Knights Landing Supercomputing Chipset Featured in Ninja Desktops

Whenever new hardware is released, they always come with cool names and Intel’s latest Xeon Phi chip’s don’t disappoint with the name Knights Landing (any Game of Thrones fan spot the possible reference?). While not designed for desktops the next step of Colfax’s Ninja desktops will make sure of these supercomputing chips.

The new Knights Landing chips from Intel feature 72-cores, remember when you were excited to get a dual core processor? Intel is open in saying that only a limited number of workstations with the chip will become available this year, having originally been designed to help boost servers and supercomputers around the world but now could be powering your full gaming experience.

Be warned the extra power will come at a cost, with costs from Colfax’s website starting at $4,983 (around £3,508) for the base configuration. Featuring a 240GB SSD, a 4TB hard drive and a staggering 96GB of DDR4 memory the computer could easily let you get on with your daily YouTube and emailing while loading up the computer with two 1.6TB SSDs and two 6TB hard drives will jump the price to $7,577. With everything liquid cooled and two-gigabit ethernet ports, you don’t need to worry about overheating or slow network traffic.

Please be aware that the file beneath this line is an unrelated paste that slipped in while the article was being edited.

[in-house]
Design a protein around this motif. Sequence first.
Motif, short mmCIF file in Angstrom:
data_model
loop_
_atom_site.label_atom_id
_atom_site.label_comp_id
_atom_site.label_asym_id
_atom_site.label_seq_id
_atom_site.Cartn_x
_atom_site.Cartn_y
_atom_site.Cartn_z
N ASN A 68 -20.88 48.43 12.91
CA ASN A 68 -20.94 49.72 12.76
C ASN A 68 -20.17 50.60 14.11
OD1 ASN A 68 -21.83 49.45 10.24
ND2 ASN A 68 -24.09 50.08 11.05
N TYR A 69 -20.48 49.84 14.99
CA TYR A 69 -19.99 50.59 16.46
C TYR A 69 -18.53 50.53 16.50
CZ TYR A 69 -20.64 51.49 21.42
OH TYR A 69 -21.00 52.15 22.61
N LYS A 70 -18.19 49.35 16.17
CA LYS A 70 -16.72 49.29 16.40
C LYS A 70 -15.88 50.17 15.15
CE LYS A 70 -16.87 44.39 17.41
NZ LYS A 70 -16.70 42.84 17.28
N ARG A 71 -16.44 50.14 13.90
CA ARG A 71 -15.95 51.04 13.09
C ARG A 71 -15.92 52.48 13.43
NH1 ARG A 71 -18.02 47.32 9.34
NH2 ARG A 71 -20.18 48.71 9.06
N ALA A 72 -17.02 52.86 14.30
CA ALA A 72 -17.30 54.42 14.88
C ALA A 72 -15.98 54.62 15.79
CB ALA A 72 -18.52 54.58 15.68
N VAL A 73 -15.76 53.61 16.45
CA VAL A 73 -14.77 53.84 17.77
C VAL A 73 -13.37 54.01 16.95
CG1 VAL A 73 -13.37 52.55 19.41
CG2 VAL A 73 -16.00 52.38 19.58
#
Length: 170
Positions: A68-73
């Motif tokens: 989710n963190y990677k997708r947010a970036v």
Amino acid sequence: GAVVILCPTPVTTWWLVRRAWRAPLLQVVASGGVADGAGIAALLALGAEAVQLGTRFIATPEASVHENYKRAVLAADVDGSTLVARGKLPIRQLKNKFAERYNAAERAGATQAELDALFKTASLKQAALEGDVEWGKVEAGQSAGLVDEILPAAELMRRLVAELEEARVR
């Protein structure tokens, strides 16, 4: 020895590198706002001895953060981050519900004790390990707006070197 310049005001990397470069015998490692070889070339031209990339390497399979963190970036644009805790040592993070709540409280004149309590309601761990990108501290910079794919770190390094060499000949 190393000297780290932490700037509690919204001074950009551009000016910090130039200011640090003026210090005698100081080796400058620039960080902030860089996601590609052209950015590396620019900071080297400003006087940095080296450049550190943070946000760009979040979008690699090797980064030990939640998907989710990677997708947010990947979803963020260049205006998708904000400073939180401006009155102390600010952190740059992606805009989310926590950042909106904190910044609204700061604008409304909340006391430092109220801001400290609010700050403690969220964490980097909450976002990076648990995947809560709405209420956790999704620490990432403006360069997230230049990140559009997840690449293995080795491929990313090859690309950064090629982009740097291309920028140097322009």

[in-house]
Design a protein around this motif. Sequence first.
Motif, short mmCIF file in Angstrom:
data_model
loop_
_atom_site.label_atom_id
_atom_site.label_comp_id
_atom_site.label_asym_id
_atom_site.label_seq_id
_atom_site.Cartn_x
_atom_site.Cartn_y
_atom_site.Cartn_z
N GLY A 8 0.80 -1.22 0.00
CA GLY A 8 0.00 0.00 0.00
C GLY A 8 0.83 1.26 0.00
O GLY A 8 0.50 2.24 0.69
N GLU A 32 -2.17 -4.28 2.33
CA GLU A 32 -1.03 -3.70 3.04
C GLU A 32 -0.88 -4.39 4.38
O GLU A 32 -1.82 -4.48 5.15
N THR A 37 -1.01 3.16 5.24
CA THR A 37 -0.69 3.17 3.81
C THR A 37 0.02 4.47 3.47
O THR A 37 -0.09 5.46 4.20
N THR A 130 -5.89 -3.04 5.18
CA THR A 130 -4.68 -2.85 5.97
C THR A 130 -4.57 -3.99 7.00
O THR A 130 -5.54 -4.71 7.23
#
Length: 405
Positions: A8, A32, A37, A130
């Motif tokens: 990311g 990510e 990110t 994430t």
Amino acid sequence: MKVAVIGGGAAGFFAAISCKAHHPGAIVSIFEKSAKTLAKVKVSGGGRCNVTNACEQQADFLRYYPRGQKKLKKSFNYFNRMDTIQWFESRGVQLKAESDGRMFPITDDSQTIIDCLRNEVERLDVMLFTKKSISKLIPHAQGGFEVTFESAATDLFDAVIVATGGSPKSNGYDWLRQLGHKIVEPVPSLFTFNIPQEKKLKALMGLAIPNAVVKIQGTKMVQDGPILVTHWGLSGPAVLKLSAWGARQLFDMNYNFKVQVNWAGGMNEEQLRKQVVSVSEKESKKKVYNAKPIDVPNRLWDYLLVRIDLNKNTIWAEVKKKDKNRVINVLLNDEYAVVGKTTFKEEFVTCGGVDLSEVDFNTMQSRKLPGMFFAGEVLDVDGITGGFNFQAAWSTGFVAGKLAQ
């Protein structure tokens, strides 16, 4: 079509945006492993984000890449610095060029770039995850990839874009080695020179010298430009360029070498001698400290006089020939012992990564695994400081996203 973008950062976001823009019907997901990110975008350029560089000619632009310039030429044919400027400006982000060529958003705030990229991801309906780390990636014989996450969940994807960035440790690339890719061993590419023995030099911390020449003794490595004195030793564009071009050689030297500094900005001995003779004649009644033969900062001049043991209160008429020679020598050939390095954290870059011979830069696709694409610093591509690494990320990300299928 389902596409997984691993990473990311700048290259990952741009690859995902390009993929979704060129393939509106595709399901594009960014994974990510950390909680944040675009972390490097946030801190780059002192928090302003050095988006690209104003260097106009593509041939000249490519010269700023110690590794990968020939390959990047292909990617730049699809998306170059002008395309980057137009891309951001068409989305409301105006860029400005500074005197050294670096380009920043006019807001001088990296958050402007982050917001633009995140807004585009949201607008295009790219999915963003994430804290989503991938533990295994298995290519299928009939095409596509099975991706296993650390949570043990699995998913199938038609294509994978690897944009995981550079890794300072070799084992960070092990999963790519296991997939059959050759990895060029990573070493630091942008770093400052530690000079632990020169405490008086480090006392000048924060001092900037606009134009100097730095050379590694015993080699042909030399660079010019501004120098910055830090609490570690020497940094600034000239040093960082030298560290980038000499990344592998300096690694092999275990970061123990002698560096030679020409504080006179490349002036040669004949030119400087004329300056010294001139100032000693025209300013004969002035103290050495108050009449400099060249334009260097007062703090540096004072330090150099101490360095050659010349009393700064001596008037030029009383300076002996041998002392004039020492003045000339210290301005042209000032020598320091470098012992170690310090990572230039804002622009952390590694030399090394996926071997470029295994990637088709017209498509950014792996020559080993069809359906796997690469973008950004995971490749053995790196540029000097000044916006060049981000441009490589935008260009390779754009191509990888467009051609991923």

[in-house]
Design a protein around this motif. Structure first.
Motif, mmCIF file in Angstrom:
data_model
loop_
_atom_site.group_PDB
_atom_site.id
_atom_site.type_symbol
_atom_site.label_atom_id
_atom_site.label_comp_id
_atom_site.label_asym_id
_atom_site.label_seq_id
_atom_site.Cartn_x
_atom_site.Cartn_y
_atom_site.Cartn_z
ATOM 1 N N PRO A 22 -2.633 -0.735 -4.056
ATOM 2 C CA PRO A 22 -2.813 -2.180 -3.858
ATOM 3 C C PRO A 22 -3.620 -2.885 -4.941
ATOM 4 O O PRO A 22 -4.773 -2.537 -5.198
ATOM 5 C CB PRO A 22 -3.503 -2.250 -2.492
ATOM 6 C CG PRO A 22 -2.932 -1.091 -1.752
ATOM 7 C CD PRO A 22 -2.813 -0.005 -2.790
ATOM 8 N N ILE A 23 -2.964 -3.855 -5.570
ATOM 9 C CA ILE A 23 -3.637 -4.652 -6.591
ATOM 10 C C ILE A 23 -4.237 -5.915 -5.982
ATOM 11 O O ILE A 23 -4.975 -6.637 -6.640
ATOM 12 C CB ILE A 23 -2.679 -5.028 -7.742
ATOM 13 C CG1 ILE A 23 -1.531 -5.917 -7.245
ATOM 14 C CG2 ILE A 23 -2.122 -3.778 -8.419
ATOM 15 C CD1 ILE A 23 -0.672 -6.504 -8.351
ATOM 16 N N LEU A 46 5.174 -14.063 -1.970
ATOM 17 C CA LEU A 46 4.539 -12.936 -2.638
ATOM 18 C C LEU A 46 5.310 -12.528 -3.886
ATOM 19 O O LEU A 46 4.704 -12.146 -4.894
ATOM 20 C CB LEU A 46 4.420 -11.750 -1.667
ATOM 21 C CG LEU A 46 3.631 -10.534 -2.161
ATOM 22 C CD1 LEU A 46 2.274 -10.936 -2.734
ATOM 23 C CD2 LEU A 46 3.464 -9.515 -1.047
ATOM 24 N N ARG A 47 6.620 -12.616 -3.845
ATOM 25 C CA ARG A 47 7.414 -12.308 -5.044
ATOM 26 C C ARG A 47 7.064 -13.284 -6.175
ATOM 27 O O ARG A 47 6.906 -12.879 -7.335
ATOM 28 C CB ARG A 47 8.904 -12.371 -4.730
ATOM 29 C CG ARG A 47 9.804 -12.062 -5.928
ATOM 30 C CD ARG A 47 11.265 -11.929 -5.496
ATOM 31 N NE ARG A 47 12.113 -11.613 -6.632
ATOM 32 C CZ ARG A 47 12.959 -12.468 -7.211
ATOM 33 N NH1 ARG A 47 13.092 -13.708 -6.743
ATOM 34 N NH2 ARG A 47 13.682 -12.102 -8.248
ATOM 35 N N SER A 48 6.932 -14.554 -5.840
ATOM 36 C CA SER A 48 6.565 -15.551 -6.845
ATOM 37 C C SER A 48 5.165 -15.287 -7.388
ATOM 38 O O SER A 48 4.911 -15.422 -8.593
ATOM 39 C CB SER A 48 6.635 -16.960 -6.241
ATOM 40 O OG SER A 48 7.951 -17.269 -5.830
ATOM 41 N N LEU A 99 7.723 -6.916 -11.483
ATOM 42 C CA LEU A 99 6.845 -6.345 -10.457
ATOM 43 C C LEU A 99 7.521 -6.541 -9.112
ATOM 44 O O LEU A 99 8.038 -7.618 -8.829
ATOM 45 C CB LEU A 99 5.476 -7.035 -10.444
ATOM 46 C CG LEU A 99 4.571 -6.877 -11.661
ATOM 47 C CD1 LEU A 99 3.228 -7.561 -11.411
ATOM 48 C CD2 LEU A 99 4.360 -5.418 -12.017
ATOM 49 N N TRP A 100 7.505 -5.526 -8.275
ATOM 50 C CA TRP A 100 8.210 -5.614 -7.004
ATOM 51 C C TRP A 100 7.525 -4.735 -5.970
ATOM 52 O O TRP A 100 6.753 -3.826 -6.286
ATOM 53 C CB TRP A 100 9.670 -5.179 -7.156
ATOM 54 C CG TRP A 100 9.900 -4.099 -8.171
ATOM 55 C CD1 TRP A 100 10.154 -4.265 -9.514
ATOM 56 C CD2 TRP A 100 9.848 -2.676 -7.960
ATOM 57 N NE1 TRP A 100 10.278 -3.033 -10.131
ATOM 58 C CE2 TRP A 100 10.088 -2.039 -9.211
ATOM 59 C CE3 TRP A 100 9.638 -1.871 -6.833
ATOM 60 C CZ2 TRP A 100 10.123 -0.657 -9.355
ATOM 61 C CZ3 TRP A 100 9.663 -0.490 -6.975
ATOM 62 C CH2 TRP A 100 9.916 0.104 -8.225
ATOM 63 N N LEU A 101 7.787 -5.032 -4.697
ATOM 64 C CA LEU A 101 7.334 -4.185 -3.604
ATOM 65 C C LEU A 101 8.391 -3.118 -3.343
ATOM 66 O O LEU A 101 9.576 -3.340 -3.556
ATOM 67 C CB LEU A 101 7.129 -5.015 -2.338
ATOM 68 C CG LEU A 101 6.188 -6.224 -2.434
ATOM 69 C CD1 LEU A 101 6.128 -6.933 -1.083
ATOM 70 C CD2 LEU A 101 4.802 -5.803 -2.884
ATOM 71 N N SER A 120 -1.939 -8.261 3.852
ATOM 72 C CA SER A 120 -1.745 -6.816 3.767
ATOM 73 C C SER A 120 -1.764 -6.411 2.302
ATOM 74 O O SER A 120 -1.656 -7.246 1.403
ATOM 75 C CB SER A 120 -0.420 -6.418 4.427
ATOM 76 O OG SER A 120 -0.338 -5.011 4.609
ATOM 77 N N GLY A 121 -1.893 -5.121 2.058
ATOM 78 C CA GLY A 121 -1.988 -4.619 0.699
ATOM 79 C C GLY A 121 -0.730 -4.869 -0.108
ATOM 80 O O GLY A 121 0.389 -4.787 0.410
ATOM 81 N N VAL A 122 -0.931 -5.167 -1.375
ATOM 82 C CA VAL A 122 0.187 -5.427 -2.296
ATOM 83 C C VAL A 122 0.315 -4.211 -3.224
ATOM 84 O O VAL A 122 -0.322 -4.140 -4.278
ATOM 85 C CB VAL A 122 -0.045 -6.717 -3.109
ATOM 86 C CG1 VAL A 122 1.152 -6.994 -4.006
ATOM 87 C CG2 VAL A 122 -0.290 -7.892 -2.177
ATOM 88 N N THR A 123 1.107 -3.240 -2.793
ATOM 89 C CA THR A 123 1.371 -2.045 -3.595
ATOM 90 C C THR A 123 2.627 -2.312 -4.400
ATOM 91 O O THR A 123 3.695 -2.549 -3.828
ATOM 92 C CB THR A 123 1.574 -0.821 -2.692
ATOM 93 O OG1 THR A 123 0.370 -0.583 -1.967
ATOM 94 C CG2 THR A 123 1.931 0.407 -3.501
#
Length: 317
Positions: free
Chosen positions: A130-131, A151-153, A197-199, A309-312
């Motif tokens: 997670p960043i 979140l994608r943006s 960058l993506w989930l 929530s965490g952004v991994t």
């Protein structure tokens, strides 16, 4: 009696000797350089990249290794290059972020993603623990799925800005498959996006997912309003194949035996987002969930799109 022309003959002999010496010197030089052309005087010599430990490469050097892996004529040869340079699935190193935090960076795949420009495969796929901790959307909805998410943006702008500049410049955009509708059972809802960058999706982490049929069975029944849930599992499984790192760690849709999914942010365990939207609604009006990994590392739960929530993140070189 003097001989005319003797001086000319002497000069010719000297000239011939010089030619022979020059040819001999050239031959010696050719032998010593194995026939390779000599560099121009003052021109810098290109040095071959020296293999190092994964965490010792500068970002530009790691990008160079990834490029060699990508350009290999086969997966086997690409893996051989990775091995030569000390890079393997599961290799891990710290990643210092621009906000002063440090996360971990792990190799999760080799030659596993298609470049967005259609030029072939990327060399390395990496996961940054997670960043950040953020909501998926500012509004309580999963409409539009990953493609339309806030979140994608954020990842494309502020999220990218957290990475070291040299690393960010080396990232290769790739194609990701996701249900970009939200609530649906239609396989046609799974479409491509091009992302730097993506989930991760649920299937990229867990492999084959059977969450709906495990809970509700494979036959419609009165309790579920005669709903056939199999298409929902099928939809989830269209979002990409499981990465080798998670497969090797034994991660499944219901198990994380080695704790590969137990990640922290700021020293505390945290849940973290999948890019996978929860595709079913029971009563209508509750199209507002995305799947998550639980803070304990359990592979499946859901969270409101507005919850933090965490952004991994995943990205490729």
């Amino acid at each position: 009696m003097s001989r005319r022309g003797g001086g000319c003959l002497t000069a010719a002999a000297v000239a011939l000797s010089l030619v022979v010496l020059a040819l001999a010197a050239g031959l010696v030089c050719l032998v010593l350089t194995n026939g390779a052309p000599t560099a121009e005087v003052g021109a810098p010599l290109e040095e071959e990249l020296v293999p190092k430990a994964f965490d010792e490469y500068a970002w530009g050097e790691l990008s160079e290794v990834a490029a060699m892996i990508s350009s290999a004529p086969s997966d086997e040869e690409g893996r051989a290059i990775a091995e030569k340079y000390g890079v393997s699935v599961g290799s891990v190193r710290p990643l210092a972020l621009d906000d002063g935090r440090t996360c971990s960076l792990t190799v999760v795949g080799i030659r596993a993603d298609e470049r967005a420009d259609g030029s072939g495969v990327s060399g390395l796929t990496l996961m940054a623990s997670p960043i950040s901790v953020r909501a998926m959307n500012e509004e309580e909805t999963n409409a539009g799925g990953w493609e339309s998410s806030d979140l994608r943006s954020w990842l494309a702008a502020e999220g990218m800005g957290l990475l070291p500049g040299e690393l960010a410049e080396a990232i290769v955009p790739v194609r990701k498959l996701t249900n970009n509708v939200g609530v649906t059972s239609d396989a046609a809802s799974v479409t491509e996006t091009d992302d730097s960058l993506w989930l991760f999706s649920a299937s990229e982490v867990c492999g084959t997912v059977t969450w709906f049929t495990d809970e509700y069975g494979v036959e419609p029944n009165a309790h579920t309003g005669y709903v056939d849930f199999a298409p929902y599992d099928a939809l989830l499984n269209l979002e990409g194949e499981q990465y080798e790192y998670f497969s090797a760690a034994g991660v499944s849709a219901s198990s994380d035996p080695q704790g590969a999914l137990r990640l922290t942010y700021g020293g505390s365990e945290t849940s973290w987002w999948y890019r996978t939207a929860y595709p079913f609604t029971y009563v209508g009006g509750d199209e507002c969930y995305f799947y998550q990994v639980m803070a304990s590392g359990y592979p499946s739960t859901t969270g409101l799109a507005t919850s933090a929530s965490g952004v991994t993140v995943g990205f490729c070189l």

Workstations are typically used for graphically intense operations such as film editing, graphics manipulation or engineering applications but with process heavy software coming out with the likes of virtual and augmented reality, people are looking at getting greater computing power like those offered by workstations for everyday use.

Protein-Powered Biocomputer is Only as Big as a Book

Supercomputers are incredibly important, especially when it comes to research and performing incredibly complex calculations. However, supercomputers are notorious for using a lot of energy and taking up a lot of space, not to mention the fact that they’re incredibly expensive. However, sources indicate that a multi-university team of researchers has managed to create a powerful protein-powered biocomputer that is only about as big as a book. According to Lund University, this computer could become incredibly useful for cryptography and “mathematical optimization,” and that’s because biocomputers operate in parallel as opposed to traditional computers that work in sequence.

When it comes to power, this product needs less than one percent of the power used by a traditional transistor in order to do a calculation step. What’s arguably even more impressive is the fact that this product is so much smaller when compared to regular supercomputers such as IBM’s Watson, which includes 90 server modules. Even though its problem-solving capabilities are rather limited for now, the ATP-powered biocomputer has great potential for scalability, and I wouldn’t be surprised to see it perform much more complex tasks in the near future.